The progressivity of the American tax system puts big-spending progressives in a bind. They should want a consumption tax with a huge, wide base. The easiest way for government to devour ever-larger chunks of economic output is through the device of a slow series of very small rate increases on a broad base. The smaller the tax base, the more dramatically you have to hike rates in order to significantly increase revenue. But dramatically hiking rates tends to discourage political buy-in from those who must pay. Indeed, it tends to incite heated resistance. Obama did very well with the rich. But that may not last if he hits them as hard as it looks like he’s aiming to. At the very least, pushback from this very powerful bloc of voters will limit his success in raising rates at the top….But even the large [increases on the small tax base] leave him massively short. And government spending cannot be debt-financed forever. And he can only inflate so much of it away.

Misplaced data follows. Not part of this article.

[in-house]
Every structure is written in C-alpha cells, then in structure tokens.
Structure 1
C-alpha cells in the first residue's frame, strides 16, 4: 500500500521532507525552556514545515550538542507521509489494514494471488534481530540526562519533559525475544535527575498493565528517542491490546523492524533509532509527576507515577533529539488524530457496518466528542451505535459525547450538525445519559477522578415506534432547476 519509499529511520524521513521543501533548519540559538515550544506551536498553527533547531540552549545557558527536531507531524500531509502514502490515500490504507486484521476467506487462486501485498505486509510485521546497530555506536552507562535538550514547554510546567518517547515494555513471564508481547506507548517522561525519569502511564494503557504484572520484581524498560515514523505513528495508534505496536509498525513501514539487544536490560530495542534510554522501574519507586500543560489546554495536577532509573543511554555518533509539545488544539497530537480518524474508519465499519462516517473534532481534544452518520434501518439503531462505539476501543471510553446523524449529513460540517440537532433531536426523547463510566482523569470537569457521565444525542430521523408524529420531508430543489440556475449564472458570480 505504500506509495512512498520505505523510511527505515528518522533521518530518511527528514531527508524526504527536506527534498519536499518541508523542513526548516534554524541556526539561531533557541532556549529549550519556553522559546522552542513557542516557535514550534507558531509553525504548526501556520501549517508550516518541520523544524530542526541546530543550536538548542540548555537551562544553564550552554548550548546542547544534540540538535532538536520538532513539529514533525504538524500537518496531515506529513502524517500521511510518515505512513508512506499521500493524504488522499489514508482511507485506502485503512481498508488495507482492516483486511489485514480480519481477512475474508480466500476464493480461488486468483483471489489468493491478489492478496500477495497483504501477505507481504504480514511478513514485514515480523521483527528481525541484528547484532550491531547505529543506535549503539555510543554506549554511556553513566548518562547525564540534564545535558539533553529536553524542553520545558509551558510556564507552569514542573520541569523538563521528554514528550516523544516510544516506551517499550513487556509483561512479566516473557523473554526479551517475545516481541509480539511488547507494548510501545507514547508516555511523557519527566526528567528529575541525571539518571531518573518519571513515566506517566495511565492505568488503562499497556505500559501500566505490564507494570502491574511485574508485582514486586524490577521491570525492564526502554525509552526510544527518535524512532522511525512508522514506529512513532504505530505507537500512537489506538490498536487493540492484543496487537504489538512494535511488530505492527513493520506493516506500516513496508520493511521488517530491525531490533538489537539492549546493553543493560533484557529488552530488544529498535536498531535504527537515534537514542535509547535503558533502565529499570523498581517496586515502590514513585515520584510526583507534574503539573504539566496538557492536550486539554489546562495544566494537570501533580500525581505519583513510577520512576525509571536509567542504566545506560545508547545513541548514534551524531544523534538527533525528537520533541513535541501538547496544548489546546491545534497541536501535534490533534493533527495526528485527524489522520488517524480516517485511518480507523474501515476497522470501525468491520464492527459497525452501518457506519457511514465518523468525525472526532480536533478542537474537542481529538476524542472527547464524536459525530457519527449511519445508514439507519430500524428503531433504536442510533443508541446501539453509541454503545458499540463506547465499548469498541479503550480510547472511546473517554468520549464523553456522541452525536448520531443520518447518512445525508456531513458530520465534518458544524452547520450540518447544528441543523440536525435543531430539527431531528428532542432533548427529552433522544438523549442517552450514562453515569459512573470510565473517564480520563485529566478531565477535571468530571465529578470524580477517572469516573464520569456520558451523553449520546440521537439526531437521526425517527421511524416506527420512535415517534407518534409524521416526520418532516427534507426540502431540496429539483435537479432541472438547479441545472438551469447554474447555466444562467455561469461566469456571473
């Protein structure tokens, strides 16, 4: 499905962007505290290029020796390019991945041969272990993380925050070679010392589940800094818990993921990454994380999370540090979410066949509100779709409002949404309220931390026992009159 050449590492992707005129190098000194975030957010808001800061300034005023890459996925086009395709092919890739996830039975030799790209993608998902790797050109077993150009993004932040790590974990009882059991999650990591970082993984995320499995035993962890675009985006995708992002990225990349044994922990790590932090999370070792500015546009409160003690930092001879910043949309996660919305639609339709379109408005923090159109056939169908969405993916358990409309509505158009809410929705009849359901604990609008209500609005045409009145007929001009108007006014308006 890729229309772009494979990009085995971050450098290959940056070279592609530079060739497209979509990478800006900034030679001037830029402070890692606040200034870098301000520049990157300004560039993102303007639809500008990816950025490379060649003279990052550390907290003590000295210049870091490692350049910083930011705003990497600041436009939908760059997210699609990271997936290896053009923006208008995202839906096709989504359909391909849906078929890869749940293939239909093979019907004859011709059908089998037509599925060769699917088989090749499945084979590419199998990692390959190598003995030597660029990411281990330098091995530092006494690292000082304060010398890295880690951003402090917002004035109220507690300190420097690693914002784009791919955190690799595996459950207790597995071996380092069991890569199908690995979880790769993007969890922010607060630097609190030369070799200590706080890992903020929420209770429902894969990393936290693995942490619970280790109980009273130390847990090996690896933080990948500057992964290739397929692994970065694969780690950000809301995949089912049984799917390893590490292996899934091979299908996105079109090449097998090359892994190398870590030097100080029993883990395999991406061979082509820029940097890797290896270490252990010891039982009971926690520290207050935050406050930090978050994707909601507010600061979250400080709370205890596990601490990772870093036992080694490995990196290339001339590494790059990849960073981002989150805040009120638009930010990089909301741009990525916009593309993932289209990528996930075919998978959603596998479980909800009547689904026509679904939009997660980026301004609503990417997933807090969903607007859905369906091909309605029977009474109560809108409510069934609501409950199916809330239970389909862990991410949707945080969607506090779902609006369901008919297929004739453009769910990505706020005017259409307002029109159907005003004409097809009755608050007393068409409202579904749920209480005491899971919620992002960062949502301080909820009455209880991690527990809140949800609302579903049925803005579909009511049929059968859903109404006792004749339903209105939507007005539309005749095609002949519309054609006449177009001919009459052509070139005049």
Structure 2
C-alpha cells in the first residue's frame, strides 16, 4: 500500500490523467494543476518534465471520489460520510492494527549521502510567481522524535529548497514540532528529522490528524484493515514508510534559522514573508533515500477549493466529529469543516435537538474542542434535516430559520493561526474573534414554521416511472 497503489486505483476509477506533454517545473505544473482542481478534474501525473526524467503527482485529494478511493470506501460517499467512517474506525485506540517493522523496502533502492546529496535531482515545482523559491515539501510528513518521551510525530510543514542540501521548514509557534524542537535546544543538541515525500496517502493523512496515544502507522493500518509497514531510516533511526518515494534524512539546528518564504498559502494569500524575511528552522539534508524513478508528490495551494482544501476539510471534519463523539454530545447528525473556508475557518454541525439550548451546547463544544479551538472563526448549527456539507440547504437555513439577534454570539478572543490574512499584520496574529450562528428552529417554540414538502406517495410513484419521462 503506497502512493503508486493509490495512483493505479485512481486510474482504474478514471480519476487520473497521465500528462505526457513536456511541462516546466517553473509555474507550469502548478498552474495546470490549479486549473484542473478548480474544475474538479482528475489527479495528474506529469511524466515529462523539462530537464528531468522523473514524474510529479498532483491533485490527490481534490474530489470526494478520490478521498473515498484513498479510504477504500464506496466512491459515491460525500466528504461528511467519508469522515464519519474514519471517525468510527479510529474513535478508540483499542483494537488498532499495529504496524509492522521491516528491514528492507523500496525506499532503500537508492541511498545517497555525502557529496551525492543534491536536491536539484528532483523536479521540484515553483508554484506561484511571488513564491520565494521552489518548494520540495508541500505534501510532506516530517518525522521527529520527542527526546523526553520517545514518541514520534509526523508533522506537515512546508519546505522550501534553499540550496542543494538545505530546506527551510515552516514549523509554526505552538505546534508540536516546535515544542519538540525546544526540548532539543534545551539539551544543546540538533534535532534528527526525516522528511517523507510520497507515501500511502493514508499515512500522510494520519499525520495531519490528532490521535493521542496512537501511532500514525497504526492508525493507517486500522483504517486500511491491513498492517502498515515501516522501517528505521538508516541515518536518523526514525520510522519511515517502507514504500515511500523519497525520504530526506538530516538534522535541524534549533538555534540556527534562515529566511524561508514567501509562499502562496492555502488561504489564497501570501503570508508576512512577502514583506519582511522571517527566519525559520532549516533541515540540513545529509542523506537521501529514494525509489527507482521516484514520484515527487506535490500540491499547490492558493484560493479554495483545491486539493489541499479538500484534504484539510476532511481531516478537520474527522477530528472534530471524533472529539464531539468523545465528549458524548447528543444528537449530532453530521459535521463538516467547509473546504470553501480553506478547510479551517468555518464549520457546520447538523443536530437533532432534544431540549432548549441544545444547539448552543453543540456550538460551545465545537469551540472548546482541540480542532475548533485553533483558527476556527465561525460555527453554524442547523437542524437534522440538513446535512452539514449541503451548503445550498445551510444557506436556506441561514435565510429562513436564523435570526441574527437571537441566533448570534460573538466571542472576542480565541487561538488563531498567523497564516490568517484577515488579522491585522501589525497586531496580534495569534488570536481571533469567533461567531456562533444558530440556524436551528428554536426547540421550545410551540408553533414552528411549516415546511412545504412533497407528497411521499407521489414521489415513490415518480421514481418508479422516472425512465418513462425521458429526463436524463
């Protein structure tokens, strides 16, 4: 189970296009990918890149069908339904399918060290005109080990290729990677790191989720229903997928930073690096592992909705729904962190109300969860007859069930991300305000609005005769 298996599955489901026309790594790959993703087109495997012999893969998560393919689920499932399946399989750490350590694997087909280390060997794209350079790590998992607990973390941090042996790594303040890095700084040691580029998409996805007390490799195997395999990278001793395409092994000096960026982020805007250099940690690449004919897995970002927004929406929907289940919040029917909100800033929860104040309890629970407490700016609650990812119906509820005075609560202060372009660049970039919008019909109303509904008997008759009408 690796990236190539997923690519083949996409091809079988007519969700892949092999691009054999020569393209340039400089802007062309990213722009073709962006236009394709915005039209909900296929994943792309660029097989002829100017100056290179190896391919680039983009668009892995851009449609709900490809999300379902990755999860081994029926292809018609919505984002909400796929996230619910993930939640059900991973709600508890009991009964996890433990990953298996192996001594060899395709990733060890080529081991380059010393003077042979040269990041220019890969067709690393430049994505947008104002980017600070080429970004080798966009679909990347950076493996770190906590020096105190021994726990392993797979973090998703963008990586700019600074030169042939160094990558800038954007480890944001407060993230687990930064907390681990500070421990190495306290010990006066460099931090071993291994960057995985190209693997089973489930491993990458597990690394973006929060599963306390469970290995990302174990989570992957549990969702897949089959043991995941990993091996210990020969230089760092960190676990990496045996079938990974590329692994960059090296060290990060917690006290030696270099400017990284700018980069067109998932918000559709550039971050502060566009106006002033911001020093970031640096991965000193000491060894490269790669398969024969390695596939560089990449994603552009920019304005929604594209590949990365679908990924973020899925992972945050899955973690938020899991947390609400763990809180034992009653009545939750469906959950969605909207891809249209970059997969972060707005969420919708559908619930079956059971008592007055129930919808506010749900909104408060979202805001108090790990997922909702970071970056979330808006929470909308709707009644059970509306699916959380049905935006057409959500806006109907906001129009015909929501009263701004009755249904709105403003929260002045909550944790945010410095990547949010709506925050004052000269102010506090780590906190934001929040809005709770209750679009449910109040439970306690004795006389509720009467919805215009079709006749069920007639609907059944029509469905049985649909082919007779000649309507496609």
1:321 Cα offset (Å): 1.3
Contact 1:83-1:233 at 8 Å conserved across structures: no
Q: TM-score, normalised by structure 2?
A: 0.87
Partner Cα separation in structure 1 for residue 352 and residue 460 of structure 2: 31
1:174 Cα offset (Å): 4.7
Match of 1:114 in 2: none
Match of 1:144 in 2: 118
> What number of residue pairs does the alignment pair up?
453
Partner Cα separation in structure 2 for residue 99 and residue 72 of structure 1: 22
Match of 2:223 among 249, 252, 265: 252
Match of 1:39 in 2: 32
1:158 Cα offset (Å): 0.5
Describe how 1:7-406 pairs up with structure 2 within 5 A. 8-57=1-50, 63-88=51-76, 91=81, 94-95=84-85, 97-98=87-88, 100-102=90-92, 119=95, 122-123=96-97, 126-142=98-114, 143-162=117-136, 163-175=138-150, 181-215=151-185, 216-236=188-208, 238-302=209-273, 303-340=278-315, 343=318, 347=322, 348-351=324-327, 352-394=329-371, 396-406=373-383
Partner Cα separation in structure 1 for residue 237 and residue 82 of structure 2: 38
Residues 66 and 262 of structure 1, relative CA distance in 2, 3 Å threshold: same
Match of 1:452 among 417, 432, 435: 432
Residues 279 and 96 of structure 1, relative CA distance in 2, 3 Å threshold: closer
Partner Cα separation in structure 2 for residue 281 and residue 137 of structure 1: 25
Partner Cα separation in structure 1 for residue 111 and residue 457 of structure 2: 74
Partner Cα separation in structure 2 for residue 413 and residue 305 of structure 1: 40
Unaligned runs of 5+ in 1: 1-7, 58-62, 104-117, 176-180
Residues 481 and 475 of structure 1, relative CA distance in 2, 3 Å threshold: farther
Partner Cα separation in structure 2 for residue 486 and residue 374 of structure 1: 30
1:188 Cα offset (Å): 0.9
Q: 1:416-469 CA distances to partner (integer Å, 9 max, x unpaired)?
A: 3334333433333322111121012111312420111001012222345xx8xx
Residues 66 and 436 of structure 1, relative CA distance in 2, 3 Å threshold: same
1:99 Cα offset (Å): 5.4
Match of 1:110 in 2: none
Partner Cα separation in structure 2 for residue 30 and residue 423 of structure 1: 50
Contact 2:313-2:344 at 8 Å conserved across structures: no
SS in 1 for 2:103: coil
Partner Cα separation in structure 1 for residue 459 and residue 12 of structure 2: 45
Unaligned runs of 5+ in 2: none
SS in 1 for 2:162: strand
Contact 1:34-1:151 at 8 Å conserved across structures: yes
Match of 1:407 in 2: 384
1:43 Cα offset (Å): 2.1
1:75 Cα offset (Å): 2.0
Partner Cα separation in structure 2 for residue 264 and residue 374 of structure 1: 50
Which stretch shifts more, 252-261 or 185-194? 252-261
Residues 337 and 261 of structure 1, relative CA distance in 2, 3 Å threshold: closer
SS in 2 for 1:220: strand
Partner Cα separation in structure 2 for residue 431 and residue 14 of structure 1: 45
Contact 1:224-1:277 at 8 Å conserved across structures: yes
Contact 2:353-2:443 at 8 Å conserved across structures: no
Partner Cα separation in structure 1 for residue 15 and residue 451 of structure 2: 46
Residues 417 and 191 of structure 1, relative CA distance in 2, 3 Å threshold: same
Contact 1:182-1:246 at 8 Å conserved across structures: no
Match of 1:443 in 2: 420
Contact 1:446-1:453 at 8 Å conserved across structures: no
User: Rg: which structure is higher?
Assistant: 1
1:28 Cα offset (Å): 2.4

…Democratic strategists need to be looking at clever ways for the government to take a lot more money away from middle-class families without thereby making the GOP look golden again. Obama’s been behaving as though he’s much less fiscally constrained than he really is. But by catering to the idea that middle-class taxes shouldn’t ever go up, he’s making it even tougher on himself. Unless he’s in the middle of some kind of ten-steps-ahead rope-a-dope wherein reaffirming the middle class’ right to not pay taxes is a way of softening them up to accept huge tax increases, he may be making a mistake.
Even David Brooks is disillusioned by Obama’s proposals:
…But the Obama budget is more than just the sum of its parts. There is, entailed in it, a promiscuous unwillingness to set priorities and accept trade-offs. There is evidence of a party swept up in its own revolutionary fervor — caught up in the self-flattering belief that history has called upon it to solve all problems at once.
So programs are piled on top of each other and we wind up with a gargantuan $3.6 trillion budget. We end up with deficits that, when considered realistically, are $1 trillion a year and stretch as far as the eye can see. We end up with an agenda that is unexceptional in its parts but that, when taken as a whole, represents a social-engineering experiment that is entirely new.